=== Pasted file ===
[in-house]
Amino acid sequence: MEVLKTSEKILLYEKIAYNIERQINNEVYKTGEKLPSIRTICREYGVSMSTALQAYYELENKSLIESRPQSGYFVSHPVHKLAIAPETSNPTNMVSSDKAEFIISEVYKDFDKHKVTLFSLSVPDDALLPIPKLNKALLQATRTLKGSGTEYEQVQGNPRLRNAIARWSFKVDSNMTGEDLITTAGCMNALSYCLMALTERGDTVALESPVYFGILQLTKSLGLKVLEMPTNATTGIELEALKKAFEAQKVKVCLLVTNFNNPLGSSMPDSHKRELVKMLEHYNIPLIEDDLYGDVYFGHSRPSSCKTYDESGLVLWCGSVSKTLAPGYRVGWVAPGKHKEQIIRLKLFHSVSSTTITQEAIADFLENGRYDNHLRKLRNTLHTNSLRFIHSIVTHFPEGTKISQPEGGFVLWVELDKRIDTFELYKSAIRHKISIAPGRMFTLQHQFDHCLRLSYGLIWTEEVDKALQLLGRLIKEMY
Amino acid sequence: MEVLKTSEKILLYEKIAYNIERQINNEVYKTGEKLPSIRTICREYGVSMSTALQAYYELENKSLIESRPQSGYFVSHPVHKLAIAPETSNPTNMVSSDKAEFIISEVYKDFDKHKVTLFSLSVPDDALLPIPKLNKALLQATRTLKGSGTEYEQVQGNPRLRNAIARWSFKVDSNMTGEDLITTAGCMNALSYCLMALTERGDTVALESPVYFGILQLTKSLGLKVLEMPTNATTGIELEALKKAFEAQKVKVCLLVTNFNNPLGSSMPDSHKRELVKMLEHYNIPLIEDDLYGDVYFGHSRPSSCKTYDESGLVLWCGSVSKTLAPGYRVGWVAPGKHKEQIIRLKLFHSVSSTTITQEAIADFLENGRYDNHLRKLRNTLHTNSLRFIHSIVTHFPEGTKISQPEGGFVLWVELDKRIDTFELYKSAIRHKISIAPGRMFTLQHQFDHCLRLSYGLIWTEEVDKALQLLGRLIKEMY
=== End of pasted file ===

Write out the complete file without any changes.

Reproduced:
[in-house]
Amino acid sequence: MEVLKTSEKILLYEKIAYNIERQINNEVYKTGEKLPSIRTICREYGVSMSTALQAYYELENKSLIESRPQSGYFVSHPVHKLAIAPETSNPTNMVSSDKAEFIISEVYKDFDKHKVTLFSLSVPDDALLPIPKLNKALLQATRTLKGSGTEYEQVQGNPRLRNAIARWSFKVDSNMTGEDLITTAGCMNALSYCLMALTERGDTVALESPVYFGILQLTKSLGLKVLEMPTNATTGIELEALKKAFEAQKVKVCLLVTNFNNPLGSSMPDSHKRELVKMLEHYNIPLIEDDLYGDVYFGHSRPSSCKTYDESGLVLWCGSVSKTLAPGYRVGWVAPGKHKEQIIRLKLFHSVSSTTITQEAIADFLENGRYDNHLRKLRNTLHTNSLRFIHSIVTHFPEGTKISQPEGGFVLWVELDKRIDTFELYKSAIRHKISIAPGRMFTLQHQFDHCLRLSYGLIWTEEVDKALQLLGRLIKEMY
Amino acid sequence: MEVLKTSEKILLYEKIAYNIERQINNEVYKTGEKLPSIRTICREYGVSMSTALQAYYELENKSLIESRPQSGYFVSHPVHKLAIAPETSNPTNMVSSDKAEFIISEVYKDFDKHKVTLFSLSVPDDALLPIPKLNKALLQATRTLKGSGTEYEQVQGNPRLRNAIARWSFKVDSNMTGEDLITTAGCMNALSYCLMALTERGDTVALESPVYFGILQLTKSLGLKVLEMPTNATTGIELEALKKAFEAQKVKVCLLVTNFNNPLGSSMPDSHKRELVKMLEHYNIPLIEDDLYGDVYFGHSRPSSCKTYDESGLVLWCGSVSKTLAPGYRVGWVAPGKHKEQIIRLKLFHSVSSTTITQEAIADFLENGRYDNHLRKLRNTLHTNSLRFIHSIVTHFPEGTKISQPEGGFVLWVELDKRIDTFELYKSAIRHKISIAPGRMFTLQHQFDHCLRLSYGLIWTEEVDKALQLLGRLIKEMY